One of the things that we considered in our relocation to America was that the particular area of Scotland in which we lived did not especially serve the needs of my geeky children.  With two certified nerds as parents, it was always likely to be the case that we would spawn geeky kids.  For years, the context in which we were rearing them worked perfectly.  Had they been into competitive sports, especially ones like football (soccer) or shinty, or into playing traditional music (brass band or bagpipes) or been passionately outdoorsy, then there would have been no real difficulty in continuing to raise them where we were.  However, they love movies and our closest cinema was an hour away – and it only reopened the year before we departed – and they also love museums and art galleries and comic book stores and shops selling items from cult TV stores and exhibitions of geekdom.  Every time we wanted to take them to something like that, it was at least a 180 mile round trip.  Furthermore, that trip was on roads that wiggled through mountains and glens and around the crinkly coast line of sea lochs.  Given that two of our children (oldest and youngest – boaking bookends) get very travel sick, it could all be a bit tiresome.  Therefore, while it in no way was even among our top priority reasons for relocating and, indeed, emigrating, being a whole lot closer to accessing such things is a very welcome benefit.

I have shared before that my middle two sons are comic book fanatics.  The other two also like comic books but with nothing like the zeal of their brothers.  Those two love anything DC or Marvel in particular and have now read so many books on the subject that they are geeky wee encyclopedias of knowledge of different heroes and villains, even obscure ones.  They were overjoyed to learn that we were going to be living just a very short car journey from a great comic book store.  They, therefore, just about exploded with excitement when Mr Pict told them that Philadelphia was one of the cities that hosts Comic Con.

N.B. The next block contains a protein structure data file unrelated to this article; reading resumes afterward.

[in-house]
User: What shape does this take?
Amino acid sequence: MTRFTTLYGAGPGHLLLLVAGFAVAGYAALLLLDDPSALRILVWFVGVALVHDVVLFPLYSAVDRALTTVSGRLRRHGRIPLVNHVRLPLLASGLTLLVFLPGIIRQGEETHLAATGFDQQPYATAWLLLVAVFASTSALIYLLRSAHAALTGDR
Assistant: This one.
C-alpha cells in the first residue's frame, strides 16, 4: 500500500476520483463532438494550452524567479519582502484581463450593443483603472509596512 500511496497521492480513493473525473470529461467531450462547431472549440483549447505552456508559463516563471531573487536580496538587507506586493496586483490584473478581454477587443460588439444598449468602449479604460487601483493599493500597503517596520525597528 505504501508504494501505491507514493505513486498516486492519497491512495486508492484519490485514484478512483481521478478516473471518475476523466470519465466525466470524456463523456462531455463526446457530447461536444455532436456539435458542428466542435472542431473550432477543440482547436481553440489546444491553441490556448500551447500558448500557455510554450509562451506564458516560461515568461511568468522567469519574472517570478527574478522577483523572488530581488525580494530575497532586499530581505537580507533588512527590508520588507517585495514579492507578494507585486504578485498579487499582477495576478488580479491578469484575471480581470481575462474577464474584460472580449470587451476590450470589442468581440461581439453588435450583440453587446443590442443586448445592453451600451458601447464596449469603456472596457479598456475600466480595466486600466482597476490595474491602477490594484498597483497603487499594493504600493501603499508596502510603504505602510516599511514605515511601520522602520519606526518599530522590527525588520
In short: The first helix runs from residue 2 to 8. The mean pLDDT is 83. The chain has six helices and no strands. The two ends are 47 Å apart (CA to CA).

They wanted to dress up in costume to go but opted not to go over the top.  The 7 year old wore the accessories from his Batman costume and the 8 year old dressed as Finn from ‘Adventure Time’.  One of the things they really enjoyed about their day at Comic Con was seeing all of the cosplayers in their top notch outfits.  Mr Pict told me that they were reacting as if these people were the actual characters or actors from the movies.  Their mouths were apparently agape when they saw one guy dressed as Deathstroke.

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The highlights of their days were going to a Q&A with Sean Astin – especially when he stated he thought the “Truffle Shuffle” was mean and did an impression of Gollum – and a Q&A with Sebastian Stan and Anthony Mackie from ‘Captain America – The Winter Soldier’.  The kids love the way all the movies in the Marvel universe tie together so they were geeking out getting to see two of the main characters from that movie.  They also got to sit in a Batmobile, see displays of art work, buy minifigures from a stall selling custom lego, shoot zombie targets with a BB gun, root around stalls selling all sorts of toys and memorabilia and had their photos taken against a bluescreen which put them in the line up with the Guardians of the Galaxy.

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(Photos taken by Mr Pict on his phone.)

Suffice to say that they came home exhausted, exhilarated and entirely geeked out.  They want to go next year too.